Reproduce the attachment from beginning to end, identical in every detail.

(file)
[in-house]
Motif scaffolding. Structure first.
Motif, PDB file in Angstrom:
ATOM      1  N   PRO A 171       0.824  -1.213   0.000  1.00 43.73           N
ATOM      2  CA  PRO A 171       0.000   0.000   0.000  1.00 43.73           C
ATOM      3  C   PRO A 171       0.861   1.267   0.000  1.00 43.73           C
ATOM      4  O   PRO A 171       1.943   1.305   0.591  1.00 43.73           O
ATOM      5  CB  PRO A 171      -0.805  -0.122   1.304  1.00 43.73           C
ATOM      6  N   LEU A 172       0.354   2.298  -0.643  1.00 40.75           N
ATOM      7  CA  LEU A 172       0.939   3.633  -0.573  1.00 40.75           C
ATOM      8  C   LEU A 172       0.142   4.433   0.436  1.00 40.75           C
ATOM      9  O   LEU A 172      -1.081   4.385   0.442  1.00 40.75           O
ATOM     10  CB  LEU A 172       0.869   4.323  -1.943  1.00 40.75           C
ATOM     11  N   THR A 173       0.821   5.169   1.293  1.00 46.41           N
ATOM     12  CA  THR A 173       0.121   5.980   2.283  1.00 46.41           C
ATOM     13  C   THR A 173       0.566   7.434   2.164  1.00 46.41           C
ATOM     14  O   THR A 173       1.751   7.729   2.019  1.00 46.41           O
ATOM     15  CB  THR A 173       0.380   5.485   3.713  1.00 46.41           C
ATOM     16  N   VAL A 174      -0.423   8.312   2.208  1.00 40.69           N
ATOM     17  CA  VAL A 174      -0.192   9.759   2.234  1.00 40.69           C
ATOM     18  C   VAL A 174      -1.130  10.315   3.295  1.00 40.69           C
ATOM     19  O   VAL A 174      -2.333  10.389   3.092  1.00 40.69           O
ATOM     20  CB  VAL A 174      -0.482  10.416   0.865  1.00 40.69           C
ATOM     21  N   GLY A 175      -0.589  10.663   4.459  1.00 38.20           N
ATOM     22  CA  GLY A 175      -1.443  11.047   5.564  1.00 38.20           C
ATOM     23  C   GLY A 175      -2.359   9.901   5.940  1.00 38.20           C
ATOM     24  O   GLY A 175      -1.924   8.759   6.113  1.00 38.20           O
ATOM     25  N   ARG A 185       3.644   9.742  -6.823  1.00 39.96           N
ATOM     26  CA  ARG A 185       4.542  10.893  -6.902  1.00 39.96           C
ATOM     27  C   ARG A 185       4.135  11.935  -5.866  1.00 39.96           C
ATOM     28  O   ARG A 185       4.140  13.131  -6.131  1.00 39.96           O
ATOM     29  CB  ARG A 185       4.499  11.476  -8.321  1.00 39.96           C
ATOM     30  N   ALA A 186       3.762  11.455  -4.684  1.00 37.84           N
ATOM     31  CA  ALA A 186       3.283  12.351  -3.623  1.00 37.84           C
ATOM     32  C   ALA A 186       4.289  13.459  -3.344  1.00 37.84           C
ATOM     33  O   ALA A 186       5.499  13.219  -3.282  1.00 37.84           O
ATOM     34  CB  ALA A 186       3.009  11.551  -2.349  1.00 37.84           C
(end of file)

[in-house]
Motif scaffolding. Structure first.
Motif, PDB file in Angstrom:
ATOM      1  N   PRO A 171       0.824  -1.213   0.000  1.00 43.73           N
ATOM      2  CA  PRO A 171       0.000   0.000   0.000  1.00 43.73           C
ATOM      3  C   PRO A 171       0.861   1.267   0.000  1.00 43.73           C
ATOM      4  O   PRO A 171       1.943   1.305   0.591  1.00 43.73           O
ATOM      5  CB  PRO A 171      -0.805  -0.122   1.304  1.00 43.73           C
ATOM      6  N   LEU A 172       0.354   2.298  -0.643  1.00 40.75           N
ATOM      7  CA  LEU A 172       0.939   3.633  -0.573  1.00 40.75           C
ATOM      8  C   LEU A 172       0.142   4.433   0.436  1.00 40.75           C
ATOM      9  O   LEU A 172      -1.081   4.385   0.442  1.00 40.75           O
ATOM     10  CB  LEU A 172       0.869   4.323  -1.943  1.00 40.75           C
ATOM     11  N   THR A 173       0.821   5.169   1.293  1.00 46.41           N
ATOM     12  CA  THR A 173       0.121   5.980   2.283  1.00 46.41           C
ATOM     13  C   THR A 173       0.566   7.434   2.164  1.00 46.41           C
ATOM     14  O   THR A 173       1.751   7.729   2.019  1.00 46.41           O
ATOM     15  CB  THR A 173       0.380   5.485   3.713  1.00 46.41           C
ATOM     16  N   VAL A 174      -0.423   8.312   2.208  1.00 40.69           N
ATOM     17  CA  VAL A 174      -0.192   9.759   2.234  1.00 40.69           C
ATOM     18  C   VAL A 174      -1.130  10.315   3.295  1.00 40.69           C
ATOM     19  O   VAL A 174      -2.333  10.389   3.092  1.00 40.69           O
ATOM     20  CB  VAL A 174      -0.482  10.416   0.865  1.00 40.69           C
ATOM     21  N   GLY A 175      -0.589  10.663   4.459  1.00 38.20           N
ATOM     22  CA  GLY A 175      -1.443  11.047   5.564  1.00 38.20           C
ATOM     23  C   GLY A 175      -2.359   9.901   5.940  1.00 38.20           C
ATOM     24  O   GLY A 175      -1.924   8.759   6.113  1.00 38.20           O
ATOM     25  N   ARG A 185       3.644   9.742  -6.823  1.00 39.96           N
ATOM     26  CA  ARG A 185       4.542  10.893  -6.902  1.00 39.96           C
ATOM     27  C   ARG A 185       4.135  11.935  -5.866  1.00 39.96           C
ATOM     28  O   ARG A 185       4.140  13.131  -6.131  1.00 39.96           O
ATOM     29  CB  ARG A 185       4.499  11.476  -8.321  1.00 39.96           C
ATOM     30  N   ALA A 186       3.762  11.455  -4.684  1.00 37.84           N
ATOM     31  CA  ALA A 186       3.283  12.351  -3.623  1.00 37.84           C
ATOM     32  C   ALA A 186       4.289  13.459  -3.344  1.00 37.84           C
ATOM     33  O   ALA A 186       5.499  13.219  -3.282  1.00 37.84           O
ATOM     34  CB  ALA A 186       3.009  11.551  -2.349  1.00 37.84           C